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Broadside entitled 'Miser'



An account of Joseph Macwilliam the
Miser, who was burnt to death on the
13th June 1826, by accident, in Rose
Street, when upwards of L3OOO was
found in the cellar he inhabited for
15 years, without either bed, chair or
table, and was observed to wear the
same clothes during that time, also an
account of his life.

The public are already aware from the public Prints, that a
man of the name of Joseph Macwilliam was lately (13th ult.)
burnt to death in Rose Street.    He had been for many years a
gentleman's servant,   and   during that time he was particularly
noticed as being of very penurious habits, by his fellow servants,
and even then his clothing was rather the worse of the winter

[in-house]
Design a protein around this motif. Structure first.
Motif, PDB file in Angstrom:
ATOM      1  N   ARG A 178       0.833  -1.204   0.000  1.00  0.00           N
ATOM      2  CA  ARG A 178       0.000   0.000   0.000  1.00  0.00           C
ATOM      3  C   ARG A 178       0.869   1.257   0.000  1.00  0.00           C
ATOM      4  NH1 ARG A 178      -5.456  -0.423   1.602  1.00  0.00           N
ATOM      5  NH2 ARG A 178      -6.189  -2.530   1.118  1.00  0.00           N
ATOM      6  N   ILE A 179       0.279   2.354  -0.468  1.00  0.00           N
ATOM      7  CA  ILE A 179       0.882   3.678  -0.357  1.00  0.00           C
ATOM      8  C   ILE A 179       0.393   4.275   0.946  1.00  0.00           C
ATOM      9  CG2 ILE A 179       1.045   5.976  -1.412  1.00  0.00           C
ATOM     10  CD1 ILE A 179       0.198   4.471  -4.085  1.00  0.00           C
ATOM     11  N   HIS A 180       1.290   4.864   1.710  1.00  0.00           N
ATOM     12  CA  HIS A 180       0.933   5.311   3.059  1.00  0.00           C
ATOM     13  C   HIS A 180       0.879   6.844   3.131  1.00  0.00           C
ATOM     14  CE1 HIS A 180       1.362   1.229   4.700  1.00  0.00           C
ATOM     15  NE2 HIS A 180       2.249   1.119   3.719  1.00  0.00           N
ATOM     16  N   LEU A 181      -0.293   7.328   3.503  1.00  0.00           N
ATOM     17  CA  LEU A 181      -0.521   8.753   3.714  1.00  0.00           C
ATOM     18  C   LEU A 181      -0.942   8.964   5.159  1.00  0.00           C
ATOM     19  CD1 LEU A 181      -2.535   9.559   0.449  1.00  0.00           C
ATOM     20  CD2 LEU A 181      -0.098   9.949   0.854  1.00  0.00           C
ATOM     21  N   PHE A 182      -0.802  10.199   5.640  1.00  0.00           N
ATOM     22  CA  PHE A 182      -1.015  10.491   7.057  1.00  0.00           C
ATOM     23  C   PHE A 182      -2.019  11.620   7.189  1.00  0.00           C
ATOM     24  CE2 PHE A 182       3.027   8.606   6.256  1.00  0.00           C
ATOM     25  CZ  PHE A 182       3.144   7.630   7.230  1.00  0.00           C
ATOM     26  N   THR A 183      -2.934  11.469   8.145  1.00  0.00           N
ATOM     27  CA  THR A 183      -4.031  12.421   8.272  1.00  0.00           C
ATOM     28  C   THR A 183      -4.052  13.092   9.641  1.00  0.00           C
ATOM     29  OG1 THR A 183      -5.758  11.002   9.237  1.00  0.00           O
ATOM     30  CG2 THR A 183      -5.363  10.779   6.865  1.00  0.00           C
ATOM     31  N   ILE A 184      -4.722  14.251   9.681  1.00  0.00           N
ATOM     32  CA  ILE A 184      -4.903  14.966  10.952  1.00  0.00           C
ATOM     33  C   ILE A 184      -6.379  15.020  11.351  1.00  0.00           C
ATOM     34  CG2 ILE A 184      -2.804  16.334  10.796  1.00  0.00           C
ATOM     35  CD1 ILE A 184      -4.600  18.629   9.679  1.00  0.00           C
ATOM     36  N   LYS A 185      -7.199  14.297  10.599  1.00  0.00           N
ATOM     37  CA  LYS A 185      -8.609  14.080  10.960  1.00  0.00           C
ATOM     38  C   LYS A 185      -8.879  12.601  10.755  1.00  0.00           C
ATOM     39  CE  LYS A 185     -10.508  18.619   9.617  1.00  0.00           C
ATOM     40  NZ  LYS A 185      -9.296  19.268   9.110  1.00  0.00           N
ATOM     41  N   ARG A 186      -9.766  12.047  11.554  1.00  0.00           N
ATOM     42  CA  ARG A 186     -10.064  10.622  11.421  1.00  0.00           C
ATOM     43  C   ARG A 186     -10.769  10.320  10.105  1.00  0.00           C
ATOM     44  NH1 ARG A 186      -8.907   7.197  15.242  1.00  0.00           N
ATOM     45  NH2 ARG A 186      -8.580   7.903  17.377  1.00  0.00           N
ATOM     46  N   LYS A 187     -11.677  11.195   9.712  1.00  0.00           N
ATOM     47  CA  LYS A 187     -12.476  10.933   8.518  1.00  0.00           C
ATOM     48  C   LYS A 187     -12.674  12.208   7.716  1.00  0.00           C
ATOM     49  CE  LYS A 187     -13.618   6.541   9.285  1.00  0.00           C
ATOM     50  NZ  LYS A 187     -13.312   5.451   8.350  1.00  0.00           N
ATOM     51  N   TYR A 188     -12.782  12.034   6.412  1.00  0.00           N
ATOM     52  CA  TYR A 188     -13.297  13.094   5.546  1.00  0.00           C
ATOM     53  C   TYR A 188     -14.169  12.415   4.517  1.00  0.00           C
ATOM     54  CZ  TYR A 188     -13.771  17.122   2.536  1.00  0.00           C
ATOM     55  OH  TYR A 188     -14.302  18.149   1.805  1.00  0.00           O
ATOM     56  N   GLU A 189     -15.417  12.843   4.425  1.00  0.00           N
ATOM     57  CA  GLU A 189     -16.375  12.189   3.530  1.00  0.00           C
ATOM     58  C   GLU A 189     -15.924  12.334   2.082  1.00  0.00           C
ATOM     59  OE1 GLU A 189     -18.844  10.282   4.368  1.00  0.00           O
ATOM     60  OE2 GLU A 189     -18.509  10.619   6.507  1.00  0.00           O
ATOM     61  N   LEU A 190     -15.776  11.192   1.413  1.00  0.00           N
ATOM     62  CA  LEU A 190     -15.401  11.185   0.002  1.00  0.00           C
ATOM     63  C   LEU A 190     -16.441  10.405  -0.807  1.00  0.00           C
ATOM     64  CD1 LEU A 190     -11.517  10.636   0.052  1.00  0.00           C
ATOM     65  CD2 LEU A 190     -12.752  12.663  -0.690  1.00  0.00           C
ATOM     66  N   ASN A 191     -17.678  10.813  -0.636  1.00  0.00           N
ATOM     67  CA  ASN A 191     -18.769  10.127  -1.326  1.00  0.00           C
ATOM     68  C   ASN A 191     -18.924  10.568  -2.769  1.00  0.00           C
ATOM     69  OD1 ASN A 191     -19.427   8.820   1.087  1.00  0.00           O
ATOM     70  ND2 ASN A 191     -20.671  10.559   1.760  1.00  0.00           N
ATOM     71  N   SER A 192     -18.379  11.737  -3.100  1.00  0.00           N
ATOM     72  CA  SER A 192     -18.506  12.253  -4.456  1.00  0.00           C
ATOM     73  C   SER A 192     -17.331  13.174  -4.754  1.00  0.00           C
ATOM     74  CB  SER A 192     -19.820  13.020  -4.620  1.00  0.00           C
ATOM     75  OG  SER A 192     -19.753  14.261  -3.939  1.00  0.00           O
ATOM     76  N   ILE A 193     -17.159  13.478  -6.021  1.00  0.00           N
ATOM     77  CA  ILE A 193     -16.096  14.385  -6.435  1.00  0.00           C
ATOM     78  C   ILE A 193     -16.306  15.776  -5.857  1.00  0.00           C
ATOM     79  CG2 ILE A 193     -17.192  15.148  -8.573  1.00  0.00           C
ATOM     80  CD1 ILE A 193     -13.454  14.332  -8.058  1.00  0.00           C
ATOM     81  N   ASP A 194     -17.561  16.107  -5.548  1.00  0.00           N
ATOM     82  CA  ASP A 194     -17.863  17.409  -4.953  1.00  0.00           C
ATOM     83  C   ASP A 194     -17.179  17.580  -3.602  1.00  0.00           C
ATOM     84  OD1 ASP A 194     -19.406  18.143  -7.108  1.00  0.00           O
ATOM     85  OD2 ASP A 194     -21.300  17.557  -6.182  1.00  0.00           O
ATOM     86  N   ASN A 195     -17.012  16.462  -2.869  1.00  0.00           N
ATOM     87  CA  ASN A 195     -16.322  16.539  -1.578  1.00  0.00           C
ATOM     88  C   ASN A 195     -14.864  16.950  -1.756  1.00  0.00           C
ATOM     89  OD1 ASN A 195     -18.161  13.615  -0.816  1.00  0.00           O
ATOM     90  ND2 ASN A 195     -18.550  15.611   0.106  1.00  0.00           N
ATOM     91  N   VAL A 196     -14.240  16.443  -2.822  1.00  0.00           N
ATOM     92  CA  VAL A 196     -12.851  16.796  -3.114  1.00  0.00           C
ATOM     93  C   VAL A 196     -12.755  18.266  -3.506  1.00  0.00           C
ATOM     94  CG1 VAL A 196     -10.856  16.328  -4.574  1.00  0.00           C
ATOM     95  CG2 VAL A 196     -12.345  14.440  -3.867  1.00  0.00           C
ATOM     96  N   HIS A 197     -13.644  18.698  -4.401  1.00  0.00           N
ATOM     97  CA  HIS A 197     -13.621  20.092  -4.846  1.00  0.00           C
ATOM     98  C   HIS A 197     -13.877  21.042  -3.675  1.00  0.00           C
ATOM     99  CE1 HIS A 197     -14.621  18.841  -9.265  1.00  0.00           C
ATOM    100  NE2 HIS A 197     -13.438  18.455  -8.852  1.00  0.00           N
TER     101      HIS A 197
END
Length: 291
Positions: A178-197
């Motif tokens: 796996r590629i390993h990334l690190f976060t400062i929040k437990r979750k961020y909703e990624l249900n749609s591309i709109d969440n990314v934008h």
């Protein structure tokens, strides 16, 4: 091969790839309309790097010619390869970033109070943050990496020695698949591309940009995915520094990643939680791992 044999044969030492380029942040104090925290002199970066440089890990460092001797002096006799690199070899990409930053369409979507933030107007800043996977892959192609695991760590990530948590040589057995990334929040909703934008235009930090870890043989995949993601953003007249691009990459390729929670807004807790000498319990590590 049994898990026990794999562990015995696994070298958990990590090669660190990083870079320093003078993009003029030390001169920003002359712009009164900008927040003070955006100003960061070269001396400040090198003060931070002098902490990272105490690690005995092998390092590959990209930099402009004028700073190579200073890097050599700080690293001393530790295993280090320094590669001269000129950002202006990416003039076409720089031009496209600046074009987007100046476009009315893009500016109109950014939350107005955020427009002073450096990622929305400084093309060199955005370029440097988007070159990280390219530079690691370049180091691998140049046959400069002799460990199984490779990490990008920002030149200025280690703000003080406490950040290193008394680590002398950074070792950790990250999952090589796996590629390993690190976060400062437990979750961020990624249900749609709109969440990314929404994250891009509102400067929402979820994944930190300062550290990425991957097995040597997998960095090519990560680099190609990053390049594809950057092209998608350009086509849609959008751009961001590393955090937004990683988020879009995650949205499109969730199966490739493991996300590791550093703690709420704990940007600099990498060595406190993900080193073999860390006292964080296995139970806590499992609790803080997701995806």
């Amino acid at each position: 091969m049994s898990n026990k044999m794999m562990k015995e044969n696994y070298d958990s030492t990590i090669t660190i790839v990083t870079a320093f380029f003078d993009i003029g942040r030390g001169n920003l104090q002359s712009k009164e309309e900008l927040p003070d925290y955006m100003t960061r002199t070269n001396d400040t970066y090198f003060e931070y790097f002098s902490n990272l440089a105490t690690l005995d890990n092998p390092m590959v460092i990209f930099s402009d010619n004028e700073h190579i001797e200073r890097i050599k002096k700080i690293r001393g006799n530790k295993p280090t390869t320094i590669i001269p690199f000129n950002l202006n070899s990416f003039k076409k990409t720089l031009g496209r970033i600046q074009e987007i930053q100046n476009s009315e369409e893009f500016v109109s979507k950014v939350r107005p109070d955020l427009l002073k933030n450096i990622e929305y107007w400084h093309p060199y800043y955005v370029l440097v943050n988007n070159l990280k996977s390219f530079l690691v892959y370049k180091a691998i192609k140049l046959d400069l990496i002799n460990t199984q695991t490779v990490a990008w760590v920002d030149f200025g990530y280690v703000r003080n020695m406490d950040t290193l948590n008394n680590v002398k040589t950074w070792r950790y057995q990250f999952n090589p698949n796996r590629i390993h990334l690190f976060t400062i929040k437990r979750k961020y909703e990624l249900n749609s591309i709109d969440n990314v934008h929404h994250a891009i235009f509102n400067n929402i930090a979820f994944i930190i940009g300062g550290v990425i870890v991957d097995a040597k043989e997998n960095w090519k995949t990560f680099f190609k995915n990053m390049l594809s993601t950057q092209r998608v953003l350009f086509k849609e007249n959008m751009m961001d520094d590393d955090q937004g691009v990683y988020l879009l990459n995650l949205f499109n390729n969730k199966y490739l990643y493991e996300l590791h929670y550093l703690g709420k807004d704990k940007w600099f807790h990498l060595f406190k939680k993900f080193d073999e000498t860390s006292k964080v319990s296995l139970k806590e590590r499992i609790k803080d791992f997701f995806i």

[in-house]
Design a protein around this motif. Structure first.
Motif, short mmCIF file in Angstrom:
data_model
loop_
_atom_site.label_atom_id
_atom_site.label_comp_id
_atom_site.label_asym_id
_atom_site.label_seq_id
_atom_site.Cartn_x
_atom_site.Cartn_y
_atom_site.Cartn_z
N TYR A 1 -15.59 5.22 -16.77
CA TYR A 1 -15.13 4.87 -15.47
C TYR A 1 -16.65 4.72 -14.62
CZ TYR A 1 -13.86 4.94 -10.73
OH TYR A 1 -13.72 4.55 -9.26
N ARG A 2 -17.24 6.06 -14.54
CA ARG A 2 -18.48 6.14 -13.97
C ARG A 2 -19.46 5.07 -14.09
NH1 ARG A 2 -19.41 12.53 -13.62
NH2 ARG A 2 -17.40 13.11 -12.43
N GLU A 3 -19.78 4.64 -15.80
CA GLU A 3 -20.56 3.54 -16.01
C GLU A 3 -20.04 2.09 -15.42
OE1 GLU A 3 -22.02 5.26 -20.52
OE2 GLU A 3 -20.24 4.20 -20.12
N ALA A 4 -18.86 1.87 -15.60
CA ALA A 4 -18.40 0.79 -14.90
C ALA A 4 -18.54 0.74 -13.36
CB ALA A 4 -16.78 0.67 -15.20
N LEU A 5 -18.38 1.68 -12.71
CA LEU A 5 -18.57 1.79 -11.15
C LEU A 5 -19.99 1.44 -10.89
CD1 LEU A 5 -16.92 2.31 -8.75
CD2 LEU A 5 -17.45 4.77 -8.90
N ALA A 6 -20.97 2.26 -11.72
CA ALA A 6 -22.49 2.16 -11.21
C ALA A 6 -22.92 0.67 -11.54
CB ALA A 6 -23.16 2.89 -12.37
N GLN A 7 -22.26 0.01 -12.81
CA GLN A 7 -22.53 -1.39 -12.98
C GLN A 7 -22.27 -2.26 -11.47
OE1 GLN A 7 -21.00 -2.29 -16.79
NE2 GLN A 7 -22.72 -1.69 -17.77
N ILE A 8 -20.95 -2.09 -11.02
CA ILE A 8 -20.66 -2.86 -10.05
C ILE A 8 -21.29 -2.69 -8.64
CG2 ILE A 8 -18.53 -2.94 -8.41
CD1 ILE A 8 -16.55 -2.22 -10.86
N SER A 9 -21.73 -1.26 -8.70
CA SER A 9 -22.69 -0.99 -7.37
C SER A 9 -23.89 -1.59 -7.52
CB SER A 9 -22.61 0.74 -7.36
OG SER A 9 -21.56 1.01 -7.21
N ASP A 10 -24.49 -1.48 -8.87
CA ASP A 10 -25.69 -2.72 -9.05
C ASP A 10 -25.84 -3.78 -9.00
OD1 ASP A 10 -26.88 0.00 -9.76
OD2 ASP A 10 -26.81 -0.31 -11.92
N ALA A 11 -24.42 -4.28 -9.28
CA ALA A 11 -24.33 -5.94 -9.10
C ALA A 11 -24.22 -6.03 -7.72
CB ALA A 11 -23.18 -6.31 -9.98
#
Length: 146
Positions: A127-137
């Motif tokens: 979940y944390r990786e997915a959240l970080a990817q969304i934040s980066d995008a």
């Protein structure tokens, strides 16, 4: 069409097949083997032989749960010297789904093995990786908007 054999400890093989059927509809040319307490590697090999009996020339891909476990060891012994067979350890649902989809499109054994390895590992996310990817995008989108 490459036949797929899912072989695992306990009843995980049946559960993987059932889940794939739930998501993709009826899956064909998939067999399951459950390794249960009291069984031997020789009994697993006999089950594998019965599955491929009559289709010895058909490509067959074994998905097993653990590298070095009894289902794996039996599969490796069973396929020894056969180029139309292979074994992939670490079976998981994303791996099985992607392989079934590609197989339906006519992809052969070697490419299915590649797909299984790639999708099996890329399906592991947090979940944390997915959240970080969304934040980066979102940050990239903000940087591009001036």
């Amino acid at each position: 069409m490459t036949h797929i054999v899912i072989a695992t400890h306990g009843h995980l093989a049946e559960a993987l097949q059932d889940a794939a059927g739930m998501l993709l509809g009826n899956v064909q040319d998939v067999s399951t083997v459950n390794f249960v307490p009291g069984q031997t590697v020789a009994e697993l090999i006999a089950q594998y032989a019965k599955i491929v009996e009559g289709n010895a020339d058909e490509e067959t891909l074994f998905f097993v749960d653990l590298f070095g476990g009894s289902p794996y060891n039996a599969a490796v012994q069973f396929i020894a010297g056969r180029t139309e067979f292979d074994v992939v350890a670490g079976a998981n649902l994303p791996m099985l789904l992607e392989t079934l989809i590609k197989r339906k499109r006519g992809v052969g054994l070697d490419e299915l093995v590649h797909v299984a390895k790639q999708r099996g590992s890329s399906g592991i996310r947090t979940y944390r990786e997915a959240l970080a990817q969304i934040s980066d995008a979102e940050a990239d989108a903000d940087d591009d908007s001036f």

blast, and was often the theme   of merriment among his neigh-
bours.    He has latterly occupied   a low   damp cellar in Rose
Street.    This wretched being absolntely denied himself every
comfort and convenience of life,?not a bed, chair, or table was
in his hovel.    How this wretched being had accumulated so
much property, nearly 3000,   has not yet been satisfictorily
explained.    It might have   been expected   that his dwelling
would have contained a   mass   of rubish   which he night have
collected during his   peregrinations,?but it   was otherwise, for
even a pin   was converted   into   money; when he had collected
abont double the quantity which is usnally sold for a halfpenny
he would sell them for the same money.    After the accident, the
place was searched, when there were found banker's receipts for
the sum of 1499, 15s. 10d., besides the title-deeds of household
property exceeding 1108 in   valne!    Mr Cowie, hairdresser,
who lives immediately   above M'William's house, has observed
that the miser wore the same outer garments for upwards of 15

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Date of publication: 1826   shelfmark: L.C.Fol.74(389)
Broadside entitled 'Miser'
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